Popular Renewable Energy Sources
Biomass, solar power, hydroelectricity, and wind power are some of the terms we are most used to hearing where renewable energy is concerned in 2018, and as a nation, the UK is looking at more and more ways to increase our renewable energy sources.
We have been sourcing renewable energy for thousands of years from the land, from the sea, from biodegradables such as wood and food, from the wind, from water and from other outlets, but until recently (the last 40 years) these renewable energies were never harnessed to their full potential, and it took a crisis coal miners strike in the 1970s to bring energy to the forefront of the UK’s mind.
We delve a little deeper into what renewable energies there are in use in the UK and which renewable energy is at the top of the ladder when it comes to producing the most. We also look across the world to see which renewable energy each country is currently producing the most of.
Biomass - what is it?
Biomass is a term for turning certain renewable products into energy by burning them. Biomass renewable products include all types of wood, certain crops, alcohol fuels, landfill gas, and other renewables such as food waste or sewage.
Solar Power - what is it?
Solar power is a way of converting sunshine or sunlight into electricity for the home or for business, the outcome being an excellent source of renewable energy.
Hydroelectricity - what is it?
Hydroelectricity or Hydropower as it’s also known as a way of using water to produce electricity. A reservoir will store water, then as the water flows from the reservoir it is guided through a turbine which spins and in turn switches on a generator producing renewable electricity.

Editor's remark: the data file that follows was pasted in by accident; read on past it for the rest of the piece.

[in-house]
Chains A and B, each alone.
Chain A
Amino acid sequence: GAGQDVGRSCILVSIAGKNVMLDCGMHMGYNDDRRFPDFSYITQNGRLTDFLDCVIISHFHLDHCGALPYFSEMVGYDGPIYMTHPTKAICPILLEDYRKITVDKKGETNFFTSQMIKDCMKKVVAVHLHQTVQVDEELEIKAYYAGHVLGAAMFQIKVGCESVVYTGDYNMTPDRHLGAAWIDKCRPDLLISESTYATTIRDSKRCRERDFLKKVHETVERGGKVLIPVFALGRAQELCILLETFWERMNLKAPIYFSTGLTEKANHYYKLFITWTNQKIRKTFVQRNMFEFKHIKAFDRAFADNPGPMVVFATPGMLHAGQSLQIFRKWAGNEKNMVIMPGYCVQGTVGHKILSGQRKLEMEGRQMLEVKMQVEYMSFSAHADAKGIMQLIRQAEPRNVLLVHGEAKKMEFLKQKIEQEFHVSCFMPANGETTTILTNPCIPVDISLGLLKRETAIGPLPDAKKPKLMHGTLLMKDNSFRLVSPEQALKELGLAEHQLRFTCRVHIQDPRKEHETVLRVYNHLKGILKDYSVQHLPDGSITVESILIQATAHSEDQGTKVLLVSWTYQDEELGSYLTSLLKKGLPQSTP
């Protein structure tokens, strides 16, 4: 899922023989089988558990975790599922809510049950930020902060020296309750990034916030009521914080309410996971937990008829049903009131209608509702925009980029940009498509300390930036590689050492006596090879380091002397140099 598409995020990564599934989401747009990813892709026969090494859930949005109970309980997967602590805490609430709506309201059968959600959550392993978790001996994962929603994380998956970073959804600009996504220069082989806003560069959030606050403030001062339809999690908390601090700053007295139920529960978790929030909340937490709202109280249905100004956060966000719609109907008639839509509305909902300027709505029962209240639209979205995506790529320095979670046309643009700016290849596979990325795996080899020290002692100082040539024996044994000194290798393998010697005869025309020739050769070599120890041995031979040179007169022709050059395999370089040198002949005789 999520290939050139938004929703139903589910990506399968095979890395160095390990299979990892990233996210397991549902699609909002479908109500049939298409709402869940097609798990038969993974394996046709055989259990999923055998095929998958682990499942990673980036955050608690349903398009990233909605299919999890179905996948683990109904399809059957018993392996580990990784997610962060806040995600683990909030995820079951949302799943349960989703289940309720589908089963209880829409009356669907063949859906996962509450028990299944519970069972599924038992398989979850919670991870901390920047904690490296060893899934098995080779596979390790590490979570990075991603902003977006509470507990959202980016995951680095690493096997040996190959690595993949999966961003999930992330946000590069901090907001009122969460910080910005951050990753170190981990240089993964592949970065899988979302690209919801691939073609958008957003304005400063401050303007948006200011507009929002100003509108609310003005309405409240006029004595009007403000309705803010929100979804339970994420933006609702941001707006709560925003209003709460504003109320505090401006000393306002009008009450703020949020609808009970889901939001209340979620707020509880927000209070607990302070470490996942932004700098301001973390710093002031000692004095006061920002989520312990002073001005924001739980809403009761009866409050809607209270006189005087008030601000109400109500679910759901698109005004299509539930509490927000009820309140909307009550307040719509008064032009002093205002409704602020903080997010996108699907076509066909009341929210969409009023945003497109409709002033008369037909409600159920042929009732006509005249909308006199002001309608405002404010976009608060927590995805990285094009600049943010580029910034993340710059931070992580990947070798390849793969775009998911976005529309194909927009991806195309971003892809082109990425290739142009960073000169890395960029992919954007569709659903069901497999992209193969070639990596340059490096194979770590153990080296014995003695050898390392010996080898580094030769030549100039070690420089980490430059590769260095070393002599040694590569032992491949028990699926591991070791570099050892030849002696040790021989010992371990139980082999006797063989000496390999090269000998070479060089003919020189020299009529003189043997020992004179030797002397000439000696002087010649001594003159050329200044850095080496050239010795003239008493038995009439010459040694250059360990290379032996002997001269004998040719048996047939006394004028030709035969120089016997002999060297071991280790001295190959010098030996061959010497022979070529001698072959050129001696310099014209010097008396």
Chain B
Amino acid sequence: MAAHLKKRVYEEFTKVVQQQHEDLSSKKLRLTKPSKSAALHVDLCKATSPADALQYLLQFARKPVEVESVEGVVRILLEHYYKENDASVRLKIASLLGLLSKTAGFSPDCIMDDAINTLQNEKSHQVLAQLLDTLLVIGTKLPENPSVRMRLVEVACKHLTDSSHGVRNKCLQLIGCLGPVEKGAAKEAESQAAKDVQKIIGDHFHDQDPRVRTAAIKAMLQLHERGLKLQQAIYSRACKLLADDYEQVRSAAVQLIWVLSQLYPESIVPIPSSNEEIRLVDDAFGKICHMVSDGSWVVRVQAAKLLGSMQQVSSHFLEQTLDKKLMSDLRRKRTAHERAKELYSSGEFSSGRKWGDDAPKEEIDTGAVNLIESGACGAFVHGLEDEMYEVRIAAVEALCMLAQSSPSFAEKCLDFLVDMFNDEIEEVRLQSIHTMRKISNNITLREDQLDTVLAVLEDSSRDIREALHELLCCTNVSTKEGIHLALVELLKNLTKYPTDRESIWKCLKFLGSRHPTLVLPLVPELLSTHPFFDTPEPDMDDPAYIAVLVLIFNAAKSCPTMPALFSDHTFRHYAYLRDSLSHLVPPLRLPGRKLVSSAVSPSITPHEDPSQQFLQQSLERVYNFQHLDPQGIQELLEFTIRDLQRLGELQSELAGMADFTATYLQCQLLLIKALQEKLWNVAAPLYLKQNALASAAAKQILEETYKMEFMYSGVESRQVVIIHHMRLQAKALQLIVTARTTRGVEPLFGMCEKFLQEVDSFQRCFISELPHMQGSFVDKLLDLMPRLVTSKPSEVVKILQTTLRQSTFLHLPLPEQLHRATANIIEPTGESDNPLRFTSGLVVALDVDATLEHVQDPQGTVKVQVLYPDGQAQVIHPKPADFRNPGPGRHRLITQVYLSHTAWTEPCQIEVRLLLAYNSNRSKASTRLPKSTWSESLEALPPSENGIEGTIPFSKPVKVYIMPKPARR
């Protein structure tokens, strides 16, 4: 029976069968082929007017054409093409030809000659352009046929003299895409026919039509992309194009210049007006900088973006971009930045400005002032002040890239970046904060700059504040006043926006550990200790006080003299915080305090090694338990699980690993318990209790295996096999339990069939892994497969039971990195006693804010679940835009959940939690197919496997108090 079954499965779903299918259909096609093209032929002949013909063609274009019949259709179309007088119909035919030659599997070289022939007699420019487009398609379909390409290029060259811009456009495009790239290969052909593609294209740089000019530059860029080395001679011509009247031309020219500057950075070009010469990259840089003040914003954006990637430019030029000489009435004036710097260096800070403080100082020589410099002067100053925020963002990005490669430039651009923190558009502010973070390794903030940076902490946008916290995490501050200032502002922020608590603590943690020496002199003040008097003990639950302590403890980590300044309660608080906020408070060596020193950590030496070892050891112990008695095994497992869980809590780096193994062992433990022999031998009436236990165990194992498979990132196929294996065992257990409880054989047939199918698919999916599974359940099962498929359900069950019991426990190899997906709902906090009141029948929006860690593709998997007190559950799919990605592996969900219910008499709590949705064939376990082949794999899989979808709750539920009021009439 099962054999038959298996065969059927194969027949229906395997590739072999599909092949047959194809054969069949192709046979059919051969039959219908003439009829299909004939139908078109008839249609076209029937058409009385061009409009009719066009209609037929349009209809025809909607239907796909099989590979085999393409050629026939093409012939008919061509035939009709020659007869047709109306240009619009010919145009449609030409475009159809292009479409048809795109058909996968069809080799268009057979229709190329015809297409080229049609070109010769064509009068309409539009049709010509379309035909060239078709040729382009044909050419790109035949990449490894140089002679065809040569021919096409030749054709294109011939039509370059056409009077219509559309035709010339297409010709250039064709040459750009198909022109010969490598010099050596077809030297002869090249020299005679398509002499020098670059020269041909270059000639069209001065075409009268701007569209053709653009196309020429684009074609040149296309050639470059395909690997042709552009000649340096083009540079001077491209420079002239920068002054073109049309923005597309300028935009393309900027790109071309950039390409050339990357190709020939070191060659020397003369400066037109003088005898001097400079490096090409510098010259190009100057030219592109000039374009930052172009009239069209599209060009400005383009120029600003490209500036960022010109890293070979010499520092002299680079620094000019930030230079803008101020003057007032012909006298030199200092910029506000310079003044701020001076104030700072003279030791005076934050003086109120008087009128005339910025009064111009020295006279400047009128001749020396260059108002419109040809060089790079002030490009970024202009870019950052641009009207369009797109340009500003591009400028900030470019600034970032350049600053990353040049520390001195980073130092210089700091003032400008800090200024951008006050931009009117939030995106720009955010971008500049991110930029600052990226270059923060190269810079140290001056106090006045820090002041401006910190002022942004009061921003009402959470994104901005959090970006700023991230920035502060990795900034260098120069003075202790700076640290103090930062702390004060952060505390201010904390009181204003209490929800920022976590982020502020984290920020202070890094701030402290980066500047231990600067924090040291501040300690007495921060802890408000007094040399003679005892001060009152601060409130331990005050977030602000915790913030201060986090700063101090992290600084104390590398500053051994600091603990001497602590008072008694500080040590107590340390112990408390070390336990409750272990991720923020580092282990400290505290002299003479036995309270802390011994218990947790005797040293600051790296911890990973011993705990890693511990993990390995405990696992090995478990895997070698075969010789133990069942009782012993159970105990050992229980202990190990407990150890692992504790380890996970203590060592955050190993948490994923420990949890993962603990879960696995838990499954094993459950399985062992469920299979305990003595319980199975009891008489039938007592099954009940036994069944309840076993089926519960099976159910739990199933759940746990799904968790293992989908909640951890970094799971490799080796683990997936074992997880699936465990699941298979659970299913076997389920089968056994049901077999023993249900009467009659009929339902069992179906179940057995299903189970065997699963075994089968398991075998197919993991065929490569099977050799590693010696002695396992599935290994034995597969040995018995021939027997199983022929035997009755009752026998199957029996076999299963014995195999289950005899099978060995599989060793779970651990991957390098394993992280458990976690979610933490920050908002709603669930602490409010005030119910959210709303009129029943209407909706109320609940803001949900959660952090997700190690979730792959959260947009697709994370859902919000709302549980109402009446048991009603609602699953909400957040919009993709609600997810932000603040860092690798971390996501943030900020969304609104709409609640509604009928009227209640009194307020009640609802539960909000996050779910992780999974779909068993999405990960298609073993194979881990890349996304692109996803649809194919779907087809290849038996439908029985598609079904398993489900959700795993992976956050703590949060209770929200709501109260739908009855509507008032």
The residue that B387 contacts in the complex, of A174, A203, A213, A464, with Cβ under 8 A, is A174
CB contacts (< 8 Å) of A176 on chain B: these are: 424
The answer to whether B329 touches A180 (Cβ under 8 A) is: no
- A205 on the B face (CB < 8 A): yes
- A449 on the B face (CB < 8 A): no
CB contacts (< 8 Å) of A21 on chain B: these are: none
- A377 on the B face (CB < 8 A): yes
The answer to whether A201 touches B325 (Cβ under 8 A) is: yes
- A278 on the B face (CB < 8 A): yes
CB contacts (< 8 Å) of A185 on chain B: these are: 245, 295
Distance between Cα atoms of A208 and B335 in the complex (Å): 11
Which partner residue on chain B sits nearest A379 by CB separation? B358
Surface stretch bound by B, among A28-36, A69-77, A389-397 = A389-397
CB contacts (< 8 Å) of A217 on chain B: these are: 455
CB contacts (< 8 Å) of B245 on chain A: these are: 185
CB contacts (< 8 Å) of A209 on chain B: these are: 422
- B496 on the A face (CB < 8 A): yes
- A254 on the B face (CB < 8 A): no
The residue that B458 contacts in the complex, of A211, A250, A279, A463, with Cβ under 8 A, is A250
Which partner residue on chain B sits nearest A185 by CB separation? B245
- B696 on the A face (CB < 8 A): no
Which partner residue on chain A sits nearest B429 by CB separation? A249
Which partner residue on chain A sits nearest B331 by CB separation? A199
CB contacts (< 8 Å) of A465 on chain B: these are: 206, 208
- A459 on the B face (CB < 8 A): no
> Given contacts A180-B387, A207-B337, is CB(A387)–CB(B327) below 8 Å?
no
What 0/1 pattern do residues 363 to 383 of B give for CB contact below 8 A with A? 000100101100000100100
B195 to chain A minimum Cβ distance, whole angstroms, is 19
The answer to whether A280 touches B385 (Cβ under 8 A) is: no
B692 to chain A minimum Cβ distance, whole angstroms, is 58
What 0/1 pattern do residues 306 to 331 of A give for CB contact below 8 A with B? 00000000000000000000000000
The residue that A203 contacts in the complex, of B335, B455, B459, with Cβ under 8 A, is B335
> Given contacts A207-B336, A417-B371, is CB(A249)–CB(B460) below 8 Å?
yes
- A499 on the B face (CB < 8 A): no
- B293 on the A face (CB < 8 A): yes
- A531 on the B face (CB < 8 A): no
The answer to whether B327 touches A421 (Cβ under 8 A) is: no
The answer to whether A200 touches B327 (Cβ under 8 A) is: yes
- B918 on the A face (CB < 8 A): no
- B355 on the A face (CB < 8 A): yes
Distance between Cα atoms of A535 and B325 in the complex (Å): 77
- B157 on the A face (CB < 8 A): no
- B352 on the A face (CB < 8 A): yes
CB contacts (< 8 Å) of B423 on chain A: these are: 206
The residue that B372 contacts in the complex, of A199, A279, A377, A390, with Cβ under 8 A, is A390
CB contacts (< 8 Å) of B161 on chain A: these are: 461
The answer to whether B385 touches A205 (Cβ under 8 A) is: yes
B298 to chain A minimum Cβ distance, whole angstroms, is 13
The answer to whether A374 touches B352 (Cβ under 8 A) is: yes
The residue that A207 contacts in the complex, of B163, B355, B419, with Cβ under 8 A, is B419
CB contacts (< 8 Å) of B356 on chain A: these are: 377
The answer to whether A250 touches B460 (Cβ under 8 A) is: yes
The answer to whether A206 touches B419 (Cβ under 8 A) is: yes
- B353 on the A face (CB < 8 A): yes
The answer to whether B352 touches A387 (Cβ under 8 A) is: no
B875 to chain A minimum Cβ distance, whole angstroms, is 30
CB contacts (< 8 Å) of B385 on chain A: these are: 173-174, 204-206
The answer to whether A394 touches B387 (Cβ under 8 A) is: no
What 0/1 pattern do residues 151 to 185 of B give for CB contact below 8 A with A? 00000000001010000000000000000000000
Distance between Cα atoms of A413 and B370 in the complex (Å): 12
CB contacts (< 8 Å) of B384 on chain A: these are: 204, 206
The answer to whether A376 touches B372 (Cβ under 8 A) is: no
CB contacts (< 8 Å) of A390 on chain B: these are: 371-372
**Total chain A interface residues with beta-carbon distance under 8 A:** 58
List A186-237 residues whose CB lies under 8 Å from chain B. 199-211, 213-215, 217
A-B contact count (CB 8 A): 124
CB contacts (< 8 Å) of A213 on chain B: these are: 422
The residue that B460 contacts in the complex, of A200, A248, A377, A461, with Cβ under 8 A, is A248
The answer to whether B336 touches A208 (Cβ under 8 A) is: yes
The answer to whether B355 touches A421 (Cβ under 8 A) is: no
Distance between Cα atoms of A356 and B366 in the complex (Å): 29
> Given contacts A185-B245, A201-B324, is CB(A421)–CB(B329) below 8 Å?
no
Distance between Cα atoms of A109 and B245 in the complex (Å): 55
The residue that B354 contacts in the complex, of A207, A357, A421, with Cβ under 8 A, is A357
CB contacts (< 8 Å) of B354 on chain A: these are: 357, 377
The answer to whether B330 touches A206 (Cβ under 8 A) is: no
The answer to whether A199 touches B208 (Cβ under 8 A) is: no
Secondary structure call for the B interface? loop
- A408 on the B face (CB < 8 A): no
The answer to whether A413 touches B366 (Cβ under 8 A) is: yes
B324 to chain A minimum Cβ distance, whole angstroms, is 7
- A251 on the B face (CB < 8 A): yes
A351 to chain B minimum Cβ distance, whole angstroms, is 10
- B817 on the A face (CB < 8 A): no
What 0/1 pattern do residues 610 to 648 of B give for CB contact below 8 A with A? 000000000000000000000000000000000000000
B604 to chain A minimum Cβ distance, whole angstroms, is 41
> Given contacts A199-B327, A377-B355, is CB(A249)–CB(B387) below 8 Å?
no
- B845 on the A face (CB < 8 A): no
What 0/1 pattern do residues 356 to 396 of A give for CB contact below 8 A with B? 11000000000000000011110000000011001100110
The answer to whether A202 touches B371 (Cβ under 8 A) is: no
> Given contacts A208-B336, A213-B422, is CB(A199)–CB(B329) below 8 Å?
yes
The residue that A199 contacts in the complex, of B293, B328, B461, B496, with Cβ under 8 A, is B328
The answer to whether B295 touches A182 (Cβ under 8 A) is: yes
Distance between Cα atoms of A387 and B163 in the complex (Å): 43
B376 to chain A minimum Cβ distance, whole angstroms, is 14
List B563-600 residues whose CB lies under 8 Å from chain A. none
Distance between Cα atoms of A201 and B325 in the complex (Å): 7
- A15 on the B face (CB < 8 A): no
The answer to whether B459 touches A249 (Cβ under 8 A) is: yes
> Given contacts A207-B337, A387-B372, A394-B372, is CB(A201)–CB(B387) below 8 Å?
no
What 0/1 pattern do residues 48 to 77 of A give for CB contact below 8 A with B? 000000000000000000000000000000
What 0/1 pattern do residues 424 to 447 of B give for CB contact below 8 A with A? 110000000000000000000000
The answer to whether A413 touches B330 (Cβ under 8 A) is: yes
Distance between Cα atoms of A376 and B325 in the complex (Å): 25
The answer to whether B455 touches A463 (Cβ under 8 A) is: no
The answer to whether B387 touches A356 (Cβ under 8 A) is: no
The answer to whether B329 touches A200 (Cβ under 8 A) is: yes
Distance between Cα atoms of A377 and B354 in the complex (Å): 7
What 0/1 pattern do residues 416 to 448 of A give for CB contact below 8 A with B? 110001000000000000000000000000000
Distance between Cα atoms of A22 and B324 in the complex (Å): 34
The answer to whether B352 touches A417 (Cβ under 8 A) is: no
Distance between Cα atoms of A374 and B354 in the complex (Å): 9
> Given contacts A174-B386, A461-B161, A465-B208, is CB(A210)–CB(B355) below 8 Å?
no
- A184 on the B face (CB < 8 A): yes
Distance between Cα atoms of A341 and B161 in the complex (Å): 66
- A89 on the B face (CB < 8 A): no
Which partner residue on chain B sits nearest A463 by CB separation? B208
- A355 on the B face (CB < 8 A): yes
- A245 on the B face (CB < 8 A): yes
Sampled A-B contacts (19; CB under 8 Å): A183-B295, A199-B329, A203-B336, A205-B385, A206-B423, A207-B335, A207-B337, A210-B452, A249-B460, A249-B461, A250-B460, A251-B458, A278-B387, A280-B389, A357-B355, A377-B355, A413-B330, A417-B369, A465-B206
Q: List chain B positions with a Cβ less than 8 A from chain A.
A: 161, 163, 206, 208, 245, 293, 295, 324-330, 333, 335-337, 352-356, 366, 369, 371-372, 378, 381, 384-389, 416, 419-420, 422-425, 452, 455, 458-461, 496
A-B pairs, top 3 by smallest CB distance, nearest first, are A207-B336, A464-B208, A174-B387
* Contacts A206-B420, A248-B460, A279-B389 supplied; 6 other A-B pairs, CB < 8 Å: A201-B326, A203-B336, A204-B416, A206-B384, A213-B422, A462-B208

Wind Power - what is it?
Wind power is where a wind turbine (on land or at sea) will catch the wind as it passes by and turn it into renewable electrical energy and mechanical power.
IRENA is The International Renewable Energy Agency and center of excellence, which works to support 159 member countries who are currently transferring between using standard energies and sustainable renewable energies. The company focuses on bioenergy (biomass), geothermal (from the earth), hydropower, ocean power (wave energy), solar power and wind energy, and currently, in 2018, the *UK’s biggest renewable energy sources come from both biomass and wind power.
The British government has been working on increasing the UK’s share of renewable energy since 2007, and it looks like there is still a short distance to go before the 2020 targets for renewable energy are reached.
There were originally just under 30 European Union countries who joined the renewable energy target of 20% cumulatively, with the UK being quite low on the initial start with a share of just 1.1%, therefore agreeing to work towards an increase to 15% by 2020. As it stands there are 11 countries which have already surpassed their targets, unfortunately, the UK isn’t one of them. Sweden, on the other hand, is a cut above the rest and has proved to be proficient at renewing energy, with their energy share reaching a staggering 49%.